Censor: Roman magistrate. He was responsible for the public moral and had to put out to tender projects that were to be financed by the state.

Coin of Lucius Vitellius as censor
Coin of Lucius Vitellius as censor

The censor had several tasks that are, in our view, a strange mixture. The first two censors served c.440 BCE; they were to assist the consuls by counting of the Roman citizens (census). This job had to be done every five year and ended with the ritual cleansing of the state (lustrum). In the fifth century, the censorship was still a typical beginner's function.

The censors not only wrote down the names of the citizens, but also registered their property and age; in this way, the quaestors were able to estimate the budget and the consuls knew how many soldiers they commanded. After the constitutional reforms of the 360s, it was customary that the two censors served eighteen months; one of them had to be a patrician, the other a plebeian.

From their financial task, other duties were derived. For example, the censors had to put out to tender projects that were to be financed by the state. In 310-309 BCE, censor Appius Claudius was responsible for an aqueduct and a road (the Aqua Appia and the Via Appia). A similar task was the leasing out of conquered land (ager publicus). The first project they had to put out to tender, however, was a lot smaller: they had to find the farmer who was allowed to feed the holy geese on the Capitol for the next five years.

From their classification of the population developed another duty: they had to see who was worthy of the equestrian and senatorial rank, a responsibility laid down in the fourth-century Lex Ovinia. This was called the regimen morum, the control of the public moral. For example, the censor Marcus Porcius Cato once expelled a man from the Senate because he had kissed his wife in public, something that was regarded as undignified behavior, unfitting for a member of this august house. Because the regimen morum was a very important responsibility, the censorship became increasingly a magistracy for former consuls.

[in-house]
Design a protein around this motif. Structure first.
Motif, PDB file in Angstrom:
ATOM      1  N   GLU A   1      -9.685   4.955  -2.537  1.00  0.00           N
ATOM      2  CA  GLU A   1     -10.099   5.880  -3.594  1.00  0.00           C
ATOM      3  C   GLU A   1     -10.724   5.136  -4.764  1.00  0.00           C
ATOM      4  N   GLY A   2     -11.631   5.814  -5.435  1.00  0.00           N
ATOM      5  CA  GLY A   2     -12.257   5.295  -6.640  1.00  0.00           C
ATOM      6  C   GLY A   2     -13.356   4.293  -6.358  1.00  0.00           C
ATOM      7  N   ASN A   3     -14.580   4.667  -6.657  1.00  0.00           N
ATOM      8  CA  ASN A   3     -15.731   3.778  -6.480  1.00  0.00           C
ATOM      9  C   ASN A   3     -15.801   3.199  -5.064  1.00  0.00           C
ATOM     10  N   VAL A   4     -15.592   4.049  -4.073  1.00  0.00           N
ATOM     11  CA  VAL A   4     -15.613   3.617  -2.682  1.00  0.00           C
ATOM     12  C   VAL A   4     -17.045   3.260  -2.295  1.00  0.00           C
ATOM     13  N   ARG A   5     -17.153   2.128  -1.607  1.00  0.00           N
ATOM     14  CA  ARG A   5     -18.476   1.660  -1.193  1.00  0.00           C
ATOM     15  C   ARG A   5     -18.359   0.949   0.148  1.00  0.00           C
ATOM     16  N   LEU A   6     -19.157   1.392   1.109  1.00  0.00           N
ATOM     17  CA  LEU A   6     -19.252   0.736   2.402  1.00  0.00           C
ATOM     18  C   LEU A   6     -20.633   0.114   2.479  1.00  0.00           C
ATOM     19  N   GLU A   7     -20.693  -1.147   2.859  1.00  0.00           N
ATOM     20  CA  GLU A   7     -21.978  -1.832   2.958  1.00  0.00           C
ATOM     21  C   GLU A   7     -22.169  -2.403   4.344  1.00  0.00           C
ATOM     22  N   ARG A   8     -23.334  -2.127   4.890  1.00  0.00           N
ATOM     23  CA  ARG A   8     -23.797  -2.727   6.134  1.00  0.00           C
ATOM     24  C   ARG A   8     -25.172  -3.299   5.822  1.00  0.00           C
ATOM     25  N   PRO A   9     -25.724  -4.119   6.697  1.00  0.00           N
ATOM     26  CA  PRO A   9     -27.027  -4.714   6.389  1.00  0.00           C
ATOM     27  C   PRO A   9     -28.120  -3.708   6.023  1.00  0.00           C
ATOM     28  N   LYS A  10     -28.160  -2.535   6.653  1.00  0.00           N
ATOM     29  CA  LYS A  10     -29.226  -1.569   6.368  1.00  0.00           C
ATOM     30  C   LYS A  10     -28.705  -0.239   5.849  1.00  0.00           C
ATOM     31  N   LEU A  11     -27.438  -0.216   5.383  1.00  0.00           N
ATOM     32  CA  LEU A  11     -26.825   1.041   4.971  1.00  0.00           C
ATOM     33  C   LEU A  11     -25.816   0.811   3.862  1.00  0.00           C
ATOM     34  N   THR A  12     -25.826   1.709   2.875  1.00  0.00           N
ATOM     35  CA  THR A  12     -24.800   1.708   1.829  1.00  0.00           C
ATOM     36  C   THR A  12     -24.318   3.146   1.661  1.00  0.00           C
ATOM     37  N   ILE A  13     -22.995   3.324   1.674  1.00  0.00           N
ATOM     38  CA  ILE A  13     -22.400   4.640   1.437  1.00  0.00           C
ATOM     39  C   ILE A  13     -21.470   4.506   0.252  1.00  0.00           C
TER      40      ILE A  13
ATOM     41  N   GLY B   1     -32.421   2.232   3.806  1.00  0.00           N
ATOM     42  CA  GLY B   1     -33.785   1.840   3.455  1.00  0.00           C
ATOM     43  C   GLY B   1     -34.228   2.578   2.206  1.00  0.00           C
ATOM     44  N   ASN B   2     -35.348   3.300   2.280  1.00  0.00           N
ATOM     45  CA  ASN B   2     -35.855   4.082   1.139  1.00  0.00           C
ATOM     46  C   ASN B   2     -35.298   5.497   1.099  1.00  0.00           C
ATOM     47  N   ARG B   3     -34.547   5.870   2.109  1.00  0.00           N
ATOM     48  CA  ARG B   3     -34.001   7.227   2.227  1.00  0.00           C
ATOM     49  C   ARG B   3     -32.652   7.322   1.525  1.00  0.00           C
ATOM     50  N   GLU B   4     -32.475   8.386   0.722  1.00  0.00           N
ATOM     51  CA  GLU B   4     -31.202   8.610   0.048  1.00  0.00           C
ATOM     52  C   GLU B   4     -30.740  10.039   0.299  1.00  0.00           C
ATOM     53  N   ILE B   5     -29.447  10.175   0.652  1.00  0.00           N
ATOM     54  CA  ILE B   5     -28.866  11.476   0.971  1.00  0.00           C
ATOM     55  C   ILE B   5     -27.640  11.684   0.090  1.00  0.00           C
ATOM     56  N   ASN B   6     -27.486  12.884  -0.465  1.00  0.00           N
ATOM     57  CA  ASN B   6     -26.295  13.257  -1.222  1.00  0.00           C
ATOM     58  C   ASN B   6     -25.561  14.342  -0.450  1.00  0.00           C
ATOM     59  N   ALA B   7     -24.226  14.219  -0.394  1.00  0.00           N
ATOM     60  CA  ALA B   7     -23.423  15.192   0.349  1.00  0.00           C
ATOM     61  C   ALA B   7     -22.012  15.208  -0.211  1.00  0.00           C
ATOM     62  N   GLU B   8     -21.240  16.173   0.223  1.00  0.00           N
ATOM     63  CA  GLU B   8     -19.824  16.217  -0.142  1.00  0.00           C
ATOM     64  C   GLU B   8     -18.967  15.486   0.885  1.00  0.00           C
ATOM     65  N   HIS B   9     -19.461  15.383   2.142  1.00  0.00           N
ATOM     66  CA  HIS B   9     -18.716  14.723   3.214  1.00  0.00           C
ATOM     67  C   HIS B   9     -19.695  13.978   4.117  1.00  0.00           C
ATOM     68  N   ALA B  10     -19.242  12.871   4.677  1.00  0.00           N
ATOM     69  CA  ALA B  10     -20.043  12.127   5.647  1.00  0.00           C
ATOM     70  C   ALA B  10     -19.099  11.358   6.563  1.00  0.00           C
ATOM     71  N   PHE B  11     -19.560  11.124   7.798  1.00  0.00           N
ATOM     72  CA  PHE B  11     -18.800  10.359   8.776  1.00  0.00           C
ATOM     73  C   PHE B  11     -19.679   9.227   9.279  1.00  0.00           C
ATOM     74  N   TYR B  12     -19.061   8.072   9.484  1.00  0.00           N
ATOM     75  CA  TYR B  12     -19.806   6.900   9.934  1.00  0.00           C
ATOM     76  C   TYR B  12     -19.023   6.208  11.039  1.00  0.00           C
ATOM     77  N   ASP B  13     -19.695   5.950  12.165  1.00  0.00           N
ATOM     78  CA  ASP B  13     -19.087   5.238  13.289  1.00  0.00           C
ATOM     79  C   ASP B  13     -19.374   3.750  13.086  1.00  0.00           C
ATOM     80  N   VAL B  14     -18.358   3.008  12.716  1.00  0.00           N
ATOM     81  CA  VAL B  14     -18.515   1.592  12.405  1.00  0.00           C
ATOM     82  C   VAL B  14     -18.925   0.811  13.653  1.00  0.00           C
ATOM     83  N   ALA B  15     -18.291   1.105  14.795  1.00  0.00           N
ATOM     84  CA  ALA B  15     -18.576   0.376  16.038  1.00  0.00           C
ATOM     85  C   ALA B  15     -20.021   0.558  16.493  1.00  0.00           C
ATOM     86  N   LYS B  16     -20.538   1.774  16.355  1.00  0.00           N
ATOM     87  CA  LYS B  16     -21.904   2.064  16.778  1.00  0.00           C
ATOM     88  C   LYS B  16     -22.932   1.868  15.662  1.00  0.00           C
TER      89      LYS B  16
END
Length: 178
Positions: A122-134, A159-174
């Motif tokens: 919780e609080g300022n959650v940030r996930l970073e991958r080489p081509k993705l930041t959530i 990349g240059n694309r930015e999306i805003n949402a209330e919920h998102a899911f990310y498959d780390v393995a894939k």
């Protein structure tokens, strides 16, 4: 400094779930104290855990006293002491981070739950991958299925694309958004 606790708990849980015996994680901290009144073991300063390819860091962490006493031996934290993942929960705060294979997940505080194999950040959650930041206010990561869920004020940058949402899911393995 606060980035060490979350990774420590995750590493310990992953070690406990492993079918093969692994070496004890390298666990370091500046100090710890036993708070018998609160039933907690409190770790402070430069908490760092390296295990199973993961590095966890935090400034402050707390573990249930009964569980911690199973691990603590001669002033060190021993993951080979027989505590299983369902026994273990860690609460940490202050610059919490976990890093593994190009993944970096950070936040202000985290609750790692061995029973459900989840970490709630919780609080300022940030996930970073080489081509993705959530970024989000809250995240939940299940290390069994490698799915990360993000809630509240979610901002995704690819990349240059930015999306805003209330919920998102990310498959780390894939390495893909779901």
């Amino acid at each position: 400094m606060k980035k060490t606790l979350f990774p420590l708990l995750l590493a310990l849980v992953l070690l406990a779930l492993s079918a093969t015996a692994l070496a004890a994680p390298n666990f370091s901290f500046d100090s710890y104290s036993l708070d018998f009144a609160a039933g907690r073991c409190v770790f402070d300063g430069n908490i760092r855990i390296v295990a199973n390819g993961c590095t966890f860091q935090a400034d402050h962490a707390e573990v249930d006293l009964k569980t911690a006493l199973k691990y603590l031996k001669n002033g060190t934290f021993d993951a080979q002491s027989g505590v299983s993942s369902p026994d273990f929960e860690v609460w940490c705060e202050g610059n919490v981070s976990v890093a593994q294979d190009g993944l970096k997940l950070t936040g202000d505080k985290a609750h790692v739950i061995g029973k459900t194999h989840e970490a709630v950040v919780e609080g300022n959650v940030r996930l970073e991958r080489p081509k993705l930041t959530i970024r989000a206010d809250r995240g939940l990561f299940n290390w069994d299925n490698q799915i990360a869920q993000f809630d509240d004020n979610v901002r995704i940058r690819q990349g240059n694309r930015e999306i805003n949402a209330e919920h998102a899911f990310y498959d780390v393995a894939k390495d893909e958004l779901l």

The regimen morum also included: controlling the books of financial institutions, verifying and stamping measures and weights, et cetera.

Sulla abolished the censorship; Pompey and Crassus reinstituted the old magistracy again in 70, when 910,000 citizens were registered; Caesar again abolished it when he became praefectus morum. His adopted son Augustus restored the office, but made sure that the emperor was always one of the two censors, one of his relatives being the second one. At this age, the census was no longer taking place at regular intervals; the empire had become too large.

Nonetheless, the emperor-censor did sent out officials to count all the people and measure all the countries, although this happened province by province.note According to Augustus' own words, 4,0063,000 people were registered in 28 BCE.note The famous line from the gospel of Luke

In those days, Caesar Augustus issued a decree that a census should be taken of the entire Roman world. This census took place when Quirinius was governor of Syria.note

refers to a similar project, completed in 8 CE.

Claudius and Vespasian organized similar countings of the Roman citizens and seized to opportunity to give citizenship to many provincials. Domitian abolished the magistracy.

The censors were elected by the Comitia centuriata, an assembly of the people in which the richest Romans were in the majority. Censors had no bodyguard (lictor) but were allowed to wear a purple-bordered toga.

This page was created in 2001; last modified on 19 June 2017.